I have had moms come in and frame their kids' art in gold-leaf frames. I've had customers with original Picassos want a metal frame and Conservation Clear glass. I've had original Peter Max's come in and all the customer wanted was new regular clear glass put in the frames ("Oh, and blow as much of the mold off of them as you can"). I've framed cement horse hoof prints in shadowboxes with museum glass. It's all about what the customer wants. And If they are happy to pay for it, I'm happy to offer it and do it the way they want.

    He wanted it. He apparently uses "acid-free" on everything he owns. Yes, I explained to him that once it was drymounted the acid-free issue was sort of moot. He wanted it. He wanted the piece drymounted because he wanted it to look flat. He wanted the museum glass because it made the piece look better and he didn't know exactly where he was going to hang it, so reflections might be an issue, UV might be an issue... etc. All back to "It's what the customer wanted."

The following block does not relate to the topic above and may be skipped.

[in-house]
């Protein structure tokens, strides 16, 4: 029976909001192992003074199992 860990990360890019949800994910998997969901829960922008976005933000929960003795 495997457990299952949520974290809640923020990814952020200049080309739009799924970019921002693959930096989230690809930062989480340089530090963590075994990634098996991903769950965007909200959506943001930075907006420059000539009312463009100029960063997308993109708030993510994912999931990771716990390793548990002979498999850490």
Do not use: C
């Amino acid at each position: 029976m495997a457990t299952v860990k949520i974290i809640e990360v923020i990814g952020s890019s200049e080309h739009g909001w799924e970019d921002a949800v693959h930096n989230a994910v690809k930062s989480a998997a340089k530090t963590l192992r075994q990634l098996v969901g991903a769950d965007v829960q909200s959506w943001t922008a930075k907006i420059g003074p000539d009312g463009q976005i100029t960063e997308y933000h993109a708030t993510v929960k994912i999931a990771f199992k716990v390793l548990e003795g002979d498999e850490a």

Thank You, Dave!!!!

    I don't go upscale on everything. This particular customer pushed his choices that way. He never once said it was too much. He was there picking things out for quite awhile. He had the total in his little ear before he handed me a credit card to swipe. He ddn't ask for time to think about it. If he wanted a couple days to think about it, that would have been fine. He didn't ask for that. He handed me a credit card, was super excited about how the piece would look. I don't push customers toward anything - I might lead them to a good design, but there's NO pressure in my shop.